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From this question, here is a quote from The Adventure of the Solitary Cyclist by Conan Doyle, published in 1903:

The landlord further informed me that there are usually week-end visitors—‘a warm lot, sir’—at the Hall, and especially one gentleman with a red moustache, Mr. Woodley by name,

Lexico says the word 'lot' is derogatory in British English:

informal treated as singular or plural
A particular group or set of people or things.

‘it's just one lot of rich people stealing from another’
‘he will need a second lot of tills to handle the second currency’

1.1 British with adjective A group of a specified kind (used in a derogatory or dismissive way)
‘an inefficient lot, our Council’

The additional examples given by Lexico are predominantly you lot, us lot, that lot, &c., or else are made derogatory by the surrounding sentence.

I am BrE, and understand the Doyle quote to be informal perhaps, but generally jovial and not really derogatory.

I would agree that the dictionary quote, 'an inefficient lot', is derogatory - this I feel is mainly because of the adjective: a pleasant lot, for example is not.

Is this a case of context in each case, or has the expression 'an adjective lot' become derogatory more recently?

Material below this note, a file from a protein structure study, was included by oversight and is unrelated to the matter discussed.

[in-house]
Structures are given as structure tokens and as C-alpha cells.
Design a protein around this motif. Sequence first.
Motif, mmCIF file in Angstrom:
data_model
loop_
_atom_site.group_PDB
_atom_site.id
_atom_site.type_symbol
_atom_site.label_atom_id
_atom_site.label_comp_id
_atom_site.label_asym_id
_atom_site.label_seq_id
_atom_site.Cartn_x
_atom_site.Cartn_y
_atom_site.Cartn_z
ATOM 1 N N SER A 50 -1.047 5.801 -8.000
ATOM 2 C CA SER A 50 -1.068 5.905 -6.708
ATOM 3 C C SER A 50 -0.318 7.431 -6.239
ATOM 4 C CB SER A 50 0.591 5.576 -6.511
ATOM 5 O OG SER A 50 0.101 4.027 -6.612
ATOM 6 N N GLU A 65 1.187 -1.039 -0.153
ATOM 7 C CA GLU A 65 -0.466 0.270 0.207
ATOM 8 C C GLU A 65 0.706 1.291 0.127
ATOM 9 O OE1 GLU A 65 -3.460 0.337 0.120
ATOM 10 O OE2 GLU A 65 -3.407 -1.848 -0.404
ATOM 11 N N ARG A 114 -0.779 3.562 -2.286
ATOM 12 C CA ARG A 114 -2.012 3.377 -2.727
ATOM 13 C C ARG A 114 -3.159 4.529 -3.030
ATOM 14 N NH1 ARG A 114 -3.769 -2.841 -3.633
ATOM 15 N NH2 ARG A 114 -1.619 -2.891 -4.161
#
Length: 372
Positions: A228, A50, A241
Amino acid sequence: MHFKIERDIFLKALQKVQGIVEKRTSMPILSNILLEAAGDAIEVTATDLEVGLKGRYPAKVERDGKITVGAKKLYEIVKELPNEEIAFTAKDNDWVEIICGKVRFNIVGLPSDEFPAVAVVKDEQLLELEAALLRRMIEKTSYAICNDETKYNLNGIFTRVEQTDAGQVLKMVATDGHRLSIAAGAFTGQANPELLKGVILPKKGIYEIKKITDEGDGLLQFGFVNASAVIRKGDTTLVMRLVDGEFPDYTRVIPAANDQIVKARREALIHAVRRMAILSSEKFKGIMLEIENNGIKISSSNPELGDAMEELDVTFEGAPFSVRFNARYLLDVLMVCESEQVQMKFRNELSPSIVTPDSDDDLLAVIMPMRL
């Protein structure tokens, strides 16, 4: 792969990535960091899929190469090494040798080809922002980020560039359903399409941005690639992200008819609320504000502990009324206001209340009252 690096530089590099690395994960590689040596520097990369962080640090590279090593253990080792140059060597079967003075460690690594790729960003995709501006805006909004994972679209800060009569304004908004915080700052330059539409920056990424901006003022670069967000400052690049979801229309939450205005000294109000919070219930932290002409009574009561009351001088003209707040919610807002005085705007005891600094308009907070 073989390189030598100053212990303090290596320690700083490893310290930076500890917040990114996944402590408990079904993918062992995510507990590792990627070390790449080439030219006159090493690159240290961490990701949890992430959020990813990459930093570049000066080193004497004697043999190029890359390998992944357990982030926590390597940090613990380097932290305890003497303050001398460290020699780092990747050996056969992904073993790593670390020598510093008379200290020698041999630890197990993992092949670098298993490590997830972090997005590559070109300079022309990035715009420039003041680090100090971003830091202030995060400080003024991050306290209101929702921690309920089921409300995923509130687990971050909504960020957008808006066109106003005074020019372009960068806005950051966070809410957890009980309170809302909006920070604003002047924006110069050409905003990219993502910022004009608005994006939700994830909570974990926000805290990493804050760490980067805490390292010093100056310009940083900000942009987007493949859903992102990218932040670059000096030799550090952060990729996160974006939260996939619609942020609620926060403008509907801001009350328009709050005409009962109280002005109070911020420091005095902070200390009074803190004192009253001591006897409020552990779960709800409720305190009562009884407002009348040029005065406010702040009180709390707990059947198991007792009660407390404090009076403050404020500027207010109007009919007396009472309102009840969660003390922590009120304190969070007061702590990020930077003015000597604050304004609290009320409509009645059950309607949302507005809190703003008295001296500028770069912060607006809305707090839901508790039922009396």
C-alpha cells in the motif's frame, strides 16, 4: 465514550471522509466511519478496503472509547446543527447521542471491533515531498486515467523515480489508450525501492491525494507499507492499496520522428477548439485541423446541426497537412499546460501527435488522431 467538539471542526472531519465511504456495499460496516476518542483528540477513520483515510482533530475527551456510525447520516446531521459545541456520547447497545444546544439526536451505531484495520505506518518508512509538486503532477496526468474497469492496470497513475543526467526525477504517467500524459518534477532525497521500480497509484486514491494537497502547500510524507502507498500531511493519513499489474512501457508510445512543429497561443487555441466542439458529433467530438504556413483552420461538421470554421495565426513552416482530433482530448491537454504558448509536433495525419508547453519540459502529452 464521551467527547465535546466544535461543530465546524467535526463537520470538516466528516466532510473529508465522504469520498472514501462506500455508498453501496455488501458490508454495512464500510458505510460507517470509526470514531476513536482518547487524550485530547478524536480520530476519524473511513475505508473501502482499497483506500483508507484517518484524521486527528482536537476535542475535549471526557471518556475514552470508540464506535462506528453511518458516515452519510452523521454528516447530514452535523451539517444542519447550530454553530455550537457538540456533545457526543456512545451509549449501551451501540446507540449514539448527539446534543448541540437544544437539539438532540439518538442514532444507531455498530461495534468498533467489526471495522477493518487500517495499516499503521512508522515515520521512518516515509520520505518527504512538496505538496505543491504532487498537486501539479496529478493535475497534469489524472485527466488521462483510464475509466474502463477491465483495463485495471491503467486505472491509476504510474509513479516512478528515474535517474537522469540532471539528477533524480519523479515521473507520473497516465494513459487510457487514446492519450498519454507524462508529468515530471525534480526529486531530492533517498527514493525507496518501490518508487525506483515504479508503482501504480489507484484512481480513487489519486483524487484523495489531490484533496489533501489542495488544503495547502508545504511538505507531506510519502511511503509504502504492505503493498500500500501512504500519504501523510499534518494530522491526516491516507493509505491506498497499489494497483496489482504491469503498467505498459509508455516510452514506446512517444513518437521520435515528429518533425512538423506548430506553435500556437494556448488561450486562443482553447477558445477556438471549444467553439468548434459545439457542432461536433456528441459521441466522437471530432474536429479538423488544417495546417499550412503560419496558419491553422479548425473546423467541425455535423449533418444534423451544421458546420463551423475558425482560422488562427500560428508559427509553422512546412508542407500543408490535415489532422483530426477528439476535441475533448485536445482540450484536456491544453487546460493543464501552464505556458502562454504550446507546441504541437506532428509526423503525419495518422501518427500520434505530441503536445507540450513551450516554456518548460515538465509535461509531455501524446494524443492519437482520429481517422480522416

Things that would answer this question:

  • A comparison of older and more recent texts either proving or disproving my surmise.
  • A reputable authority's opinion on this.
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  • what about "warm lot" sounds negative? Warmness is a positive trait. That is like assuming a "wonderful lot" would be insulting. It would be informal in nearly any usage, but it being derogatory is all to do with how you describe the group rather than that they simply are a group.
    – Yeshe
    Aug 17, 2019 at 15:29
  • @Yeshe my point exactly. There's a comment on the linked question that implies it is negative, and I wasn't sure. Aug 17, 2019 at 16:45
  • @Yeshe I respectfully disagree. It is precisely the act of grouping people ad hoc that is condescending and dismissive. And warm here is not the warm you are thinking of. See here - english.stackexchange.com/questions/508636/…
    – Phil Sweet
    Aug 17, 2019 at 17:49
  • An expression such as 'a friendly lot' would be informal but not derogatory. However, the people described in the story as 'a warm lot' are some disreputable men planning a forced marriage in order to get hold of the young lady's inheritance. It's unlikely in context that the landlord meant anything complimentary. Aug 18, 2019 at 14:42
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    'Lot' and 'bunch' can both be used as a colloquial grouping together of persons being labelled as X. But X may be derogatory or not, or even neutral. The colloquialism does not lie in the type of description, but lies in the method of grouping.
    – Nigel J
    Aug 23, 2019 at 10:34

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